Politics and historical bunk aside, for fans of this period of the band this release is a total bonus. Capturing the band at its peak just as Graeme Douglas is set to join them as second guitarist/songwriter the Hot Rods rip through a set of Teenage Depression faves, add a couple of rare ones (“Writing on the Wall”, “Keep On Keeping On”) and then have Douglas come out to noodle all over the last portion of the set. Uh, and he does noodle. Audio of his fretboard workouts is toned down thankfully (seems a bit tentative and unnecessary frankly) and so there is plenty of Dave Higgs (mildy out of tune) telecaster rifferama which is just as it should be. Not so much footage of Paul Gray here but we do catch him from time to time and of course the classic shots of Steve Nicol pounding the kit in his y-fronts. What?!?! Shocking! If I had to guess, and I’m gonna, vocalist Barrie Masters is a bit,uh, peaked at the beginning of the show here. A bit too much of the old crotch grabbing which is kinda weird and strangely unsettling. Maybe there was a nice looking lady in the first row or something he was trying to impress or possibly the trousers were just kinda chaffing but it’s kinda weird. Sorry for noticing folks. There are some amazing shots of the heaving, sweat soaked crowd and the package is sure to bring back some great memories for those of us old enough to remember this exciting period in music. Region free and PAL versions are available so but sure to check when ordering. Many, many, thanks to Cherry Red again for getting this out. (17 tracks.) Buy HERE!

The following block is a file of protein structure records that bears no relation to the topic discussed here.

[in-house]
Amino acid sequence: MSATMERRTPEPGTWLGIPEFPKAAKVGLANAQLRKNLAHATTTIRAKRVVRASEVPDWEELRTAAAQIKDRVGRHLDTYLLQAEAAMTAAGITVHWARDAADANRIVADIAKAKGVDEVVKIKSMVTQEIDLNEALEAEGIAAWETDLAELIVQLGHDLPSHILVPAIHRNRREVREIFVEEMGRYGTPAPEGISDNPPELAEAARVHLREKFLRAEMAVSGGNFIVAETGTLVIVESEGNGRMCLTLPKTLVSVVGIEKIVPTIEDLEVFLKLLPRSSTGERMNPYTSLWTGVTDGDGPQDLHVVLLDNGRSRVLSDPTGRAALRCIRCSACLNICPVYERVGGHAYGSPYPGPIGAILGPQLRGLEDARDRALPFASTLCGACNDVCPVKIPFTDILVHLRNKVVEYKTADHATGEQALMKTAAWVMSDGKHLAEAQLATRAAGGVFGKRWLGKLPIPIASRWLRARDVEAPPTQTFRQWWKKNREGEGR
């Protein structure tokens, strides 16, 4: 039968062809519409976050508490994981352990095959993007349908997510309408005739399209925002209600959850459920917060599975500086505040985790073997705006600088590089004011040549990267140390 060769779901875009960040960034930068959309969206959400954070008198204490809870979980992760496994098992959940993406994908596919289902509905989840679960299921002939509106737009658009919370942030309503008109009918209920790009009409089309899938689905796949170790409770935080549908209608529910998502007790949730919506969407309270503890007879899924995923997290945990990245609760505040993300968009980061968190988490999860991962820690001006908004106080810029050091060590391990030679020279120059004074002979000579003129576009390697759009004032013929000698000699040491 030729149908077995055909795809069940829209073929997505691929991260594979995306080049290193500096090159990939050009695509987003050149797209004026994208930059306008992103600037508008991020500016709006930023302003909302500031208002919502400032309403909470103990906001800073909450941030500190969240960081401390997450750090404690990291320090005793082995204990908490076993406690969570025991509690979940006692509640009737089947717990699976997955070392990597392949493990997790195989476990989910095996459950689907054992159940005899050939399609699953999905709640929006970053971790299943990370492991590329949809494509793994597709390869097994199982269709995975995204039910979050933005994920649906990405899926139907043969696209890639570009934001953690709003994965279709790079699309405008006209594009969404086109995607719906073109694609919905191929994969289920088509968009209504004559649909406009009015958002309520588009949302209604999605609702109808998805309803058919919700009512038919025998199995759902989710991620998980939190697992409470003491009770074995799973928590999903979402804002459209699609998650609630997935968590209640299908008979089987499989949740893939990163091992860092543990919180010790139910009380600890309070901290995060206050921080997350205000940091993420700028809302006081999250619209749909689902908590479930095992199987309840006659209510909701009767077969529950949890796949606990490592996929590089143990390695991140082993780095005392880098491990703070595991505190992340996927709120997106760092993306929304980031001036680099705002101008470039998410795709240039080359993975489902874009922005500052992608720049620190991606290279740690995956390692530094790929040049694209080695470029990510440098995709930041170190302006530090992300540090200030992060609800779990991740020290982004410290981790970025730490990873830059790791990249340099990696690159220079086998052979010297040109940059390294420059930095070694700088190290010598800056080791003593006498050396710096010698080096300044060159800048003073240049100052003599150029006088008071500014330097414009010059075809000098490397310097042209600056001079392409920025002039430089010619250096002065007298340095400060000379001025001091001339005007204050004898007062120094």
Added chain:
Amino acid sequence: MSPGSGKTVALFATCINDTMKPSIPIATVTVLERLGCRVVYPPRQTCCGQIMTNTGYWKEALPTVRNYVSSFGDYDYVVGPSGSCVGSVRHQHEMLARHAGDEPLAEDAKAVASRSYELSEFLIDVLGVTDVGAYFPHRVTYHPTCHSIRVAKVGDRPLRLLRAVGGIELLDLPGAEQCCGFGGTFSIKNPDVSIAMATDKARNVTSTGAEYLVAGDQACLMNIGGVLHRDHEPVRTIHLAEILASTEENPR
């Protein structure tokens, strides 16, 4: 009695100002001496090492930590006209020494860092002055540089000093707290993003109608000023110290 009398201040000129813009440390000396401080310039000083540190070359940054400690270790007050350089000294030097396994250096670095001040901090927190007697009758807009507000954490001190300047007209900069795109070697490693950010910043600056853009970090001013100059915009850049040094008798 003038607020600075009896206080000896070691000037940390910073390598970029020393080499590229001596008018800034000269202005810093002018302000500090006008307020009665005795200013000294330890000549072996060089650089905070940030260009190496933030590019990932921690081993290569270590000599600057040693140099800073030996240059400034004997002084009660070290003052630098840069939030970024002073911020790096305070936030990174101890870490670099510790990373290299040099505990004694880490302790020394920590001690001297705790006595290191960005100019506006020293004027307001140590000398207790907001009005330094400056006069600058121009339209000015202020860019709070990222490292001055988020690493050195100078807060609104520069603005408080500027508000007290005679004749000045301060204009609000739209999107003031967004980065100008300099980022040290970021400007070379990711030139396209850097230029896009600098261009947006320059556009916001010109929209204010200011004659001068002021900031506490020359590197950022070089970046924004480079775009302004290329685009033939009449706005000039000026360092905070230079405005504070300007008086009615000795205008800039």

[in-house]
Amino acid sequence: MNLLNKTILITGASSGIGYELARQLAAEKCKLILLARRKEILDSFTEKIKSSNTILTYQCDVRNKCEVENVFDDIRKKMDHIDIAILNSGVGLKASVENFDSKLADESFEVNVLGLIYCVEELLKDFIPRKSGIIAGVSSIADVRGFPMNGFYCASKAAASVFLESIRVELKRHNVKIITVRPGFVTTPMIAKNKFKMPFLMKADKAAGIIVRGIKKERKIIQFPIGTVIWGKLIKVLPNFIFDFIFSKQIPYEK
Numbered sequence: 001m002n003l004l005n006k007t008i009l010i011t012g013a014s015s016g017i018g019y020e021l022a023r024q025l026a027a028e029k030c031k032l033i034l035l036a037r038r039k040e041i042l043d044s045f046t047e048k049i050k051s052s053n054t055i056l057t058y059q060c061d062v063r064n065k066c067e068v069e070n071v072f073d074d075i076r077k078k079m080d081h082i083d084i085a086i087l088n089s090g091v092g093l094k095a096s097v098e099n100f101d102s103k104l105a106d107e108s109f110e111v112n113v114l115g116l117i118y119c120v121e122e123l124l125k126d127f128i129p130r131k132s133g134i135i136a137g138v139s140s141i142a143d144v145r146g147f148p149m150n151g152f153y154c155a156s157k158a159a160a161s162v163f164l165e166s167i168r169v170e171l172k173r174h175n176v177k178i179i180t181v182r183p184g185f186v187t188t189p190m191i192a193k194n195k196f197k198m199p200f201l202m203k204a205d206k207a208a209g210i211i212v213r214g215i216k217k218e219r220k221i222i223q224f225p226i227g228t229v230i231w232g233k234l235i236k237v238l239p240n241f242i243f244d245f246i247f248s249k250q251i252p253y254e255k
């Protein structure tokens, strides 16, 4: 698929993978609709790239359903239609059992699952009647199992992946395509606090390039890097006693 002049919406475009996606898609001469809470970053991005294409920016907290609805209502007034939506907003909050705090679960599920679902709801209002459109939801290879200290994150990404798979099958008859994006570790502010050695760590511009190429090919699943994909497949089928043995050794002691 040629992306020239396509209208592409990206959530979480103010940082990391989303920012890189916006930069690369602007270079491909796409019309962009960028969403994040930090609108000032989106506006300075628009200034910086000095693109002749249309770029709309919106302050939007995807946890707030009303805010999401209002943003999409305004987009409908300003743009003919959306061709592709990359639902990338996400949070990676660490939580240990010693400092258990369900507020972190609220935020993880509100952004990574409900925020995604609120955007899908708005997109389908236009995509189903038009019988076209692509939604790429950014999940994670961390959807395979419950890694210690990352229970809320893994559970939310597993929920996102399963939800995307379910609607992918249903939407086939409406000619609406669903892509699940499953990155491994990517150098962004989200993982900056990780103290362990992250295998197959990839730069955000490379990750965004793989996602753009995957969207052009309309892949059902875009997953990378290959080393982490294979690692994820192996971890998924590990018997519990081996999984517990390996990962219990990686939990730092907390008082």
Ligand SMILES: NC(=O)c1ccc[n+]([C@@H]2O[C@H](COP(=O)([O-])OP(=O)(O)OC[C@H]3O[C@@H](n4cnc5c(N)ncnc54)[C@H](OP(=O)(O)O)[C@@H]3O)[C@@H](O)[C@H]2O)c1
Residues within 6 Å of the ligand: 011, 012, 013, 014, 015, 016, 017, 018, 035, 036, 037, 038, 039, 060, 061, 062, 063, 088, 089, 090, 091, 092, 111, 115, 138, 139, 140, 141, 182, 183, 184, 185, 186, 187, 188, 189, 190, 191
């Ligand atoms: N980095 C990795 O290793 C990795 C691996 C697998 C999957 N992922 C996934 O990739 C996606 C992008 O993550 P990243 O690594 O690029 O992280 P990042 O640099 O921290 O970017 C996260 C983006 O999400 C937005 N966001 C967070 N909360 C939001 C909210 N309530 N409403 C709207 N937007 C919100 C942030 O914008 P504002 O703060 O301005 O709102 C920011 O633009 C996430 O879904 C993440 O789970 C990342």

ThemBelfast Gypsies (Rev-Ola)

The simple version is that after Van Morrison split Them the group became two with one set decamping to the US to cash in on ‘Gloria” while the remaining fellows hooked up with Kim Fowley and under his tutelage kept it gnarly and simplistic. Neither of the groups ended up much further down the road to success but the Fowley produced Belfast Gypsies furthered the blueprint for garage-rock snarl and whiny organ balladry. Jon “Mojo” Mills’ liner notes quote producer Kim Fowley extensively and Kim points out the fact that Iggy was apparently a big fan of the band’s “Secret Police” 45 track and that it had a big influence on him. I can certainly see the paranoia theme of the track making a whole lot of sense in the A2/Detroit scene as the revolution there grew wilder and woollier. Inspiring some record store clerk at Discount Records in Ann Arbor, MI was never gone pay the bills however and the snarling R&B of Belfast Gypsies was not long for this world as Sergeant Pepper and psychedelic fever kicked the lot of them to the curb side . (18 tracks) Buy HERE!

Los Brincos


Los BrincosContrabando (él Records/Cherry Red)

Brincosis! Sounds unhealthy but in fact it was the term used to describe the fan mania surrounding Spanish pop sensations Los Brincos. The bands story is told in detail from the beginning here in the liners but this release is based on the period after two of the original members split to form Juan & Junior the new line up hooked up with producer Larry Page (Kinks, Troggs, Hammersmith Gorillas etc) and recorded in London (circa 1967) at Abbey Road, Pye and Olympic Studios. I don’t have a clue as to what they are singing on the Spanish tunes but their marvellous harmony pop is as hip and as catchy as anything the Hollies and many others were crafting at the time. There are a few English language tunes but my guess is that their native language material is a little more involved lyrically. Again, I’m guessing, but the other songs certainly sound more involved.  If any of you Spanish speakers want to drop me a line to confirm this it would be much appreciated. Good stuff either way. (26 tracks) Buy HERE!

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Colin -Mohair Sweets- Bryce

One of Canada’s late 70’s “punk” rock crowd and from 1997 to 2007 the fellow behind Mohair Sweets print and webzine. Currently passes the time by playing the odd gig or two, shaking his head, wringing his hands and pondering whether or not the tape vaults of the legendary Pirates are really exhausted.

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Originally posted 2013-05-30 14:47:59. Republished by Blog Post Promoter